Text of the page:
Use of liraglutide and risk of major cardiovascular events: a register-based cohort study in Denmark and Sweden.
Trial evidence shows that the glucagon-like peptide-1 receptor agonist liraglutide significantly reduces the risk of major cardiovascular events among patients with type 2 diabetes who have established cardiovascular disease or are at high cardiovascular risk. We aimed to assess the cardiovascular effectiveness of liraglutide in routine clinical practice.
We used data from nationwide registers in Denmark and Sweden for the period from Jan 1, 2010, to Dec 31, 2016, to investigate the risk of major cardiovascular events associated with use of liraglutide, compared with an active comparator drug class, dipeptidyl peptidase-4 (DPP-4) inhibitors, in patients with type 2 diabetes. The cohort included incident users of liraglutide or DPP-4 inhibitors, who were also using metformin at baseline, matched 1:1 on age, sex, and propensity score. The main outcome was major cardiovascular events, a composite outcome consisting of myocardial infarction, stroke, and cardiovascular death. Other outcomes assessed were the individual components of the main composite outcome, heart failure, death from any cause, and an expanded composite major cardiovascular events outcome that also included other ischaemic heart disease, coronary revascularisation, and peripheral arterial disease.
The study population consisted of 23 402 users of liraglutide and 23 402 matched users of DPP-4 inhibitors; patients were followed up for a mean of 3·3 years (SD 2·0). A major cardiovascular event occurred in 1132 users of liraglutide (incidence rate 14·0 per 1000 person-years) and in 1141 users of DPP-4 inhibitors (15·4 per 1000 person-years; hazard ratio [HR] 0·90, 95% CI 0·83-0·98). The HRs were 0·81 (0·71-0·92) for patients with a history of major cardiovascular disease and 0·96 (0·86-1·06) for patients without such a history (p=0·057 [test of homogeneity], suggesting no statistical evidence of heterogeneity). Compared with use of DPP-4 inhibitors, use of liraglutide was associated with a significantly lower risk of cardiovascular death (HR 0·78, 95% CI 0·68-0·91), but no significant differences were identified for risk of myocardial infarction (0·94, 0·84-1·06) or stroke (0·88, 0·77-1·01). Furthermore, use of liraglutide was associated with a significantly lower risk of death from any cause (HR 0·83, 95% CI 0·77-0·90), but no significant differences were identified for risk of heart failure (0·90, 0·80-1·03) or for the expanded major cardiovascular events outcome (0·95, 0·89-1·01).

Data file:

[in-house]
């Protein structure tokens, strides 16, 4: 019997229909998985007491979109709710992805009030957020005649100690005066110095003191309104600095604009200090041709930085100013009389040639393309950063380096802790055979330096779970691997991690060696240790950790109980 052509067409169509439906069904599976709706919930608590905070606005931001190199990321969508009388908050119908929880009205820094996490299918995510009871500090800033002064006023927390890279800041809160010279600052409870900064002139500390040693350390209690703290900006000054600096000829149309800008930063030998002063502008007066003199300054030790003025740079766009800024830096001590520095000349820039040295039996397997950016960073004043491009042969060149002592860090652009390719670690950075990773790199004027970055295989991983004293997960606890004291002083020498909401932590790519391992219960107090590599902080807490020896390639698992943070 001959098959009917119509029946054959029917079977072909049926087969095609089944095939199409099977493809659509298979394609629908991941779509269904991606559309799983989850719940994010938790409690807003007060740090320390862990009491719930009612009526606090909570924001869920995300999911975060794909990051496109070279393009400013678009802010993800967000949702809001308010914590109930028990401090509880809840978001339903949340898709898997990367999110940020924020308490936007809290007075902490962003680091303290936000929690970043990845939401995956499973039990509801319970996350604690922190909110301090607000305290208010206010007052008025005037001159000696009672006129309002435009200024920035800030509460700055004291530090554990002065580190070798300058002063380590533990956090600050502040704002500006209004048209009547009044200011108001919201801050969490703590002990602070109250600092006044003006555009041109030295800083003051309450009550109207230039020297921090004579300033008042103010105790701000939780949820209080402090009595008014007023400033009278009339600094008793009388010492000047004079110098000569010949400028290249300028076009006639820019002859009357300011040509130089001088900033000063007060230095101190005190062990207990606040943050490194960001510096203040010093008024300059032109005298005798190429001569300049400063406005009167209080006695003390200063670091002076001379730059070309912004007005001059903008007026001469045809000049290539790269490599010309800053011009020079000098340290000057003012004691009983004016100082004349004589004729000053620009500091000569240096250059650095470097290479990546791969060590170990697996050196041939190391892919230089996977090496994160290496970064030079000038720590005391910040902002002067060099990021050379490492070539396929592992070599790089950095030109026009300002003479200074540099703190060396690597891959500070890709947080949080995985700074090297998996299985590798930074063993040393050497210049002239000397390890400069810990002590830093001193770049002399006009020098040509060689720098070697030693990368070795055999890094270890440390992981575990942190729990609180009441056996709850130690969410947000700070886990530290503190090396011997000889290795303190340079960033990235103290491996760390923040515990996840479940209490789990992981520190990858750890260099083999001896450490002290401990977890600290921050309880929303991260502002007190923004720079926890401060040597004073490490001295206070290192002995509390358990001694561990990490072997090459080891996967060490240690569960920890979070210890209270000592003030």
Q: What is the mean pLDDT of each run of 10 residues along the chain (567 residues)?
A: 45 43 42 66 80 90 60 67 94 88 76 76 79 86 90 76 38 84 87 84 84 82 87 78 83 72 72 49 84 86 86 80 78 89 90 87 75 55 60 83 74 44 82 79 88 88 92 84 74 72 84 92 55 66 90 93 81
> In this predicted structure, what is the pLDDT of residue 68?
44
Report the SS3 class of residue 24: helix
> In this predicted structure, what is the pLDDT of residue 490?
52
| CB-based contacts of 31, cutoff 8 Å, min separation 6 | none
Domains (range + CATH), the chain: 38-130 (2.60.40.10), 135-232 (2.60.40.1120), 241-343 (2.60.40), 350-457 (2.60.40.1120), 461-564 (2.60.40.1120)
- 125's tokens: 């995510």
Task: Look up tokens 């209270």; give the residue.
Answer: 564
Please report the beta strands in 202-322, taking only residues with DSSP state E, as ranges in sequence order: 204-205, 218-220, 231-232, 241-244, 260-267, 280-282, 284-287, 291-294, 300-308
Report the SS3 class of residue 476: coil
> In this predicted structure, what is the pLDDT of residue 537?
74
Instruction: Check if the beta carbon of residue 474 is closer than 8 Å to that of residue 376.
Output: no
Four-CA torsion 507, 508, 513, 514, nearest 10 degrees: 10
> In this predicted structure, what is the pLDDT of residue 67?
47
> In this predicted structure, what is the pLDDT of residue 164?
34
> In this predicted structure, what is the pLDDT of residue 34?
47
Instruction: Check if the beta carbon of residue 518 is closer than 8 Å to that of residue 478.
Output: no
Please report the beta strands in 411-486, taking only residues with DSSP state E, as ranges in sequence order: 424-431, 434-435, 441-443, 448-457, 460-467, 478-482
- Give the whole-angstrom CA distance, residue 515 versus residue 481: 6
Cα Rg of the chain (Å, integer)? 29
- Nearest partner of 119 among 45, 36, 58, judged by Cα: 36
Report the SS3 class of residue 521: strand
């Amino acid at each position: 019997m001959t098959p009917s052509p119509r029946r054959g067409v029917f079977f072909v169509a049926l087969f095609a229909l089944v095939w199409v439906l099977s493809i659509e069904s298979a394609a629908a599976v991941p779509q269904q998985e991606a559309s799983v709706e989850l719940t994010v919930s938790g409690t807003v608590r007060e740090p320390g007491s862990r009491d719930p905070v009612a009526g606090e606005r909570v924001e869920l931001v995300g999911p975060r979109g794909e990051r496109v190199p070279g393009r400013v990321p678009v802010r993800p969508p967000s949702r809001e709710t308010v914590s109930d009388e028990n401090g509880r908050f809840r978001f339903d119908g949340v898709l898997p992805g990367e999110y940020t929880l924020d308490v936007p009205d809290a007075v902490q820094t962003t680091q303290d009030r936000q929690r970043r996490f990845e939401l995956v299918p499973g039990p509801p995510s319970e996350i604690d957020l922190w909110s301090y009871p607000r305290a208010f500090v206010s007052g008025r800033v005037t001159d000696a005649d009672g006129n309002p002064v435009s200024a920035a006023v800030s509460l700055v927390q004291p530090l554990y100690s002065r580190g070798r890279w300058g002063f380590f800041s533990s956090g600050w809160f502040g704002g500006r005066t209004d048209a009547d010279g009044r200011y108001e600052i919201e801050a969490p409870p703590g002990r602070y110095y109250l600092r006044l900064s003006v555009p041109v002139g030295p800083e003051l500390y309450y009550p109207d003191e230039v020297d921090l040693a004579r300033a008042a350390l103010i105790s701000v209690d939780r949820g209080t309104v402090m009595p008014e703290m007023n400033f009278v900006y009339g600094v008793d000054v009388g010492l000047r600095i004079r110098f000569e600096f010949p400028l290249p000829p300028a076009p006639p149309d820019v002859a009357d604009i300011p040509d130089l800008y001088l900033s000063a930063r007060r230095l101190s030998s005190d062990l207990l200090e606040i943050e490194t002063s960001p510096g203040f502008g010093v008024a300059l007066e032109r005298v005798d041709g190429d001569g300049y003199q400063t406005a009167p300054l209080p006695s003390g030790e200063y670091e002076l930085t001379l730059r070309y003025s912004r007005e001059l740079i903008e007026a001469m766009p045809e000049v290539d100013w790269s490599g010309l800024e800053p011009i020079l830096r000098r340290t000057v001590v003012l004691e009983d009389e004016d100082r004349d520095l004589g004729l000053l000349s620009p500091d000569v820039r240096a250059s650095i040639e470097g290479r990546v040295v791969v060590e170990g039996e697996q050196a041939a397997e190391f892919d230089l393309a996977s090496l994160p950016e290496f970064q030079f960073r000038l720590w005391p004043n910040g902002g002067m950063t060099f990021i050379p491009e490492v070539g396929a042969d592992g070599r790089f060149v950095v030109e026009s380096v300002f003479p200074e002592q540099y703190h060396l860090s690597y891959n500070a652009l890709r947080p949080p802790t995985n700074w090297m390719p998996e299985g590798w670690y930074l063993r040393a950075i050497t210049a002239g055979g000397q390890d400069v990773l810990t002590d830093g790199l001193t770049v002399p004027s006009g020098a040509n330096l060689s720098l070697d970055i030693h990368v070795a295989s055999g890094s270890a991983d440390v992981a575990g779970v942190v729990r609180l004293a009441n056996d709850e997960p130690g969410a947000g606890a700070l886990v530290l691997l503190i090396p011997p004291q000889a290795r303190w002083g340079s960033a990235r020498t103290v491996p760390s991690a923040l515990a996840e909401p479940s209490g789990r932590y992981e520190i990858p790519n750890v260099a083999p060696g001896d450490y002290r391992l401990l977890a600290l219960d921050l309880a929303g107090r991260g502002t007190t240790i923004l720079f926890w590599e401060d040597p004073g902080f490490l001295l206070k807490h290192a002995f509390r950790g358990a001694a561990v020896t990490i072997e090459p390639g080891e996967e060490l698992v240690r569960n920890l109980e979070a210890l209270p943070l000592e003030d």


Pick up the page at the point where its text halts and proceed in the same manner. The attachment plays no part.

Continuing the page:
In this large Scandinavian cohort, use of liraglutide, as compared with use of DPP-4 inhibitors, was associated with significantly reduced risk of major cardiovascular events. Patients with history of cardiovascular disease seemed to derive the largest benefit from treatment with liraglutide. These data provide support for the cardiovascular effectiveness of liraglutide in routine clinical practice.
Swedish Heart-Lung Foundation, Novo Nordisk Foundation, and Swedish Society for Medical Research.
The lancet. Diabetes & endocrinology